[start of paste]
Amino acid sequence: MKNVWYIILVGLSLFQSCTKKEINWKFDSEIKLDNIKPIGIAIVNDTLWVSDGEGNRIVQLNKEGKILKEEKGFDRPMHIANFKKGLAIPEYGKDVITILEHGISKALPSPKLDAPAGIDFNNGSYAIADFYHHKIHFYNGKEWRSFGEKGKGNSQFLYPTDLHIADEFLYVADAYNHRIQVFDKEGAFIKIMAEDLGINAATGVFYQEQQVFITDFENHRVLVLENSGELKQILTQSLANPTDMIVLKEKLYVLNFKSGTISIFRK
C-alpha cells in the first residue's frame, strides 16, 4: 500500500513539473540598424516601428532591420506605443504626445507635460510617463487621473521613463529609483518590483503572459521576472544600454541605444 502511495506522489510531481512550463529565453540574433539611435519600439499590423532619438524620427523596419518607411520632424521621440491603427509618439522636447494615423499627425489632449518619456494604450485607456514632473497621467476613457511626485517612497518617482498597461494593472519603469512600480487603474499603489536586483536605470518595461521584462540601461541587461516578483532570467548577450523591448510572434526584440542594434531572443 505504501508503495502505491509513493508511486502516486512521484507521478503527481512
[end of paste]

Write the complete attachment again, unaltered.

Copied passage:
Amino acid sequence: MKNVWYIILVGLSLFQSCTKKEINWKFDSEIKLDNIKPIGIAIVNDTLWVSDGEGNRIVQLNKEGKILKEEKGFDRPMHIANFKKGLAIPEYGKDVITILEHGISKALPSPKLDAPAGIDFNNGSYAIADFYHHKIHFYNGKEWRSFGEKGKGNSQFLYPTDLHIADEFLYVADAYNHRIQVFDKEGAFIKIMAEDLGINAATGVFYQEQQVFITDFENHRVLVLENSGELKQILTQSLANPTDMIVLKEKLYVLNFKSGTISIFRK
C-alpha cells in the first residue's frame, strides 16, 4: 500500500513539473540598424516601428532591420506605443504626445507635460510617463487621473521613463529609483518590483503572459521576472544600454541605444 502511495506522489510531481512550463529565453540574433539611435519600439499590423532619438524620427523596419518607411520632424521621440491603427509618439522636447494615423499627425489632449518619456494604450485607456514632473497621467476613457511626485517612497518617482498597461494593472519603469512600480487603474499603489536586483536605470518595461521584462540601461541587461516578483532570467548577450523591448510572434526584440542594434531572443 505504501508503495502505491509513493508511486502516486512521484507521478503527481512